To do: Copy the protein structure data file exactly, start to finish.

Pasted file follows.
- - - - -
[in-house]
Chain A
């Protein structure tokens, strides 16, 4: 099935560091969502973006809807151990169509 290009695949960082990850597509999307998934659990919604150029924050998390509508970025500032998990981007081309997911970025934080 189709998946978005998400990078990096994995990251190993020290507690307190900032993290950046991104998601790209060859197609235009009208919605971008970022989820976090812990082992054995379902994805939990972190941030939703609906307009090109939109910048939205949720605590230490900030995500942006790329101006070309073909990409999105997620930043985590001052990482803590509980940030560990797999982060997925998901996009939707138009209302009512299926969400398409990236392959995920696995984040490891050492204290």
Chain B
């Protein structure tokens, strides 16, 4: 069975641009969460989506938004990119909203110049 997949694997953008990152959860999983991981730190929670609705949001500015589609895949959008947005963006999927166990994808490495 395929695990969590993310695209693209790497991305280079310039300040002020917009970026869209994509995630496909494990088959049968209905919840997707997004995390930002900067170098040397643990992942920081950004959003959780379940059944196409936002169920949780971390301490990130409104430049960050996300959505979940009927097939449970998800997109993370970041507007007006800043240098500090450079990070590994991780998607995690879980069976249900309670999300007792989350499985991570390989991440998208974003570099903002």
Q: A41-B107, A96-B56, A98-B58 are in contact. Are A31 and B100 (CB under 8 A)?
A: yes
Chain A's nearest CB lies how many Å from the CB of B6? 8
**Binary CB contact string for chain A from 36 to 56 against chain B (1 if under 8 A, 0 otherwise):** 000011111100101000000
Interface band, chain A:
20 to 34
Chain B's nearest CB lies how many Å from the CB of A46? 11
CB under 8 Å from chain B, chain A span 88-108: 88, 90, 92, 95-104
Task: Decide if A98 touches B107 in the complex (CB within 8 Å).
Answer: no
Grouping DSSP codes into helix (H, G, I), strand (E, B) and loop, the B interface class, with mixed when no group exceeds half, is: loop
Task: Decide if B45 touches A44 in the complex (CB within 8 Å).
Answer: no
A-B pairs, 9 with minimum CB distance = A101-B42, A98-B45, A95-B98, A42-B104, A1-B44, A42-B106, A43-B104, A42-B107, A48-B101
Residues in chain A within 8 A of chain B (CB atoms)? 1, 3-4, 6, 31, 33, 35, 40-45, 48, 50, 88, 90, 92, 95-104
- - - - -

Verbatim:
[in-house]
Chain A
């Protein structure tokens, strides 16, 4: 099935560091969502973006809807151990169509 290009695949960082990850597509999307998934659990919604150029924050998390509508970025500032998990981007081309997911970025934080 189709998946978005998400990078990096994995990251190993020290507690307190900032993290950046991104998601790209060859197609235009009208919605971008970022989820976090812990082992054995379902994805939990972190941030939703609906307009090109939109910048939205949720605590230490900030995500942006790329101006070309073909990409999105997620930043985590001052990482803590509980940030560990797999982060997925998901996009939707138009209302009512299926969400398409990236392959995920696995984040490891050492204290």
Chain B
């Protein structure tokens, strides 16, 4: 069975641009969460989506938004990119909203110049 997949694997953008990152959860999983991981730190929670609705949001500015589609895949959008947005963006999927166990994808490495 395929695990969590993310695209693209790497991305280079310039300040002020917009970026869209994509995630496909494990088959049968209905919840997707997004995390930002900067170098040397643990992942920081950004959003959780379940059944196409936002169920949780971390301490990130409104430049960050996300959505979940009927097939449970998800997109993370970041507007007006800043240098500090450079990070590994991780998607995690879980069976249900309670999300007792989350499985991570390989991440998208974003570099903002």
Q: A41-B107, A96-B56, A98-B58 are in contact. Are A31 and B100 (CB under 8 A)?
A: yes
Chain A's nearest CB lies how many Å from the CB of B6? 8
**Binary CB contact string for chain A from 36 to 56 against chain B (1 if under 8 A, 0 otherwise):** 000011111100101000000
Interface band, chain A:
20 to 34
Chain B's nearest CB lies how many Å from the CB of A46? 11
CB under 8 Å from chain B, chain A span 88-108: 88, 90, 92, 95-104
Task: Decide if A98 touches B107 in the complex (CB within 8 Å).
Answer: no
Grouping DSSP codes into helix (H, G, I), strand (E, B) and loop, the B interface class, with mixed when no group exceeds half, is: loop
Task: Decide if B45 touches A44 in the complex (CB within 8 Å).
Answer: no
A-B pairs, 9 with minimum CB distance = A101-B42, A98-B45, A95-B98, A42-B104, A1-B44, A42-B106, A43-B104, A42-B107, A48-B101
Residues in chain A within 8 A of chain B (CB atoms)? 1, 3-4, 6, 31, 33, 35, 40-45, 48, 50, 88, 90, 92, 95-104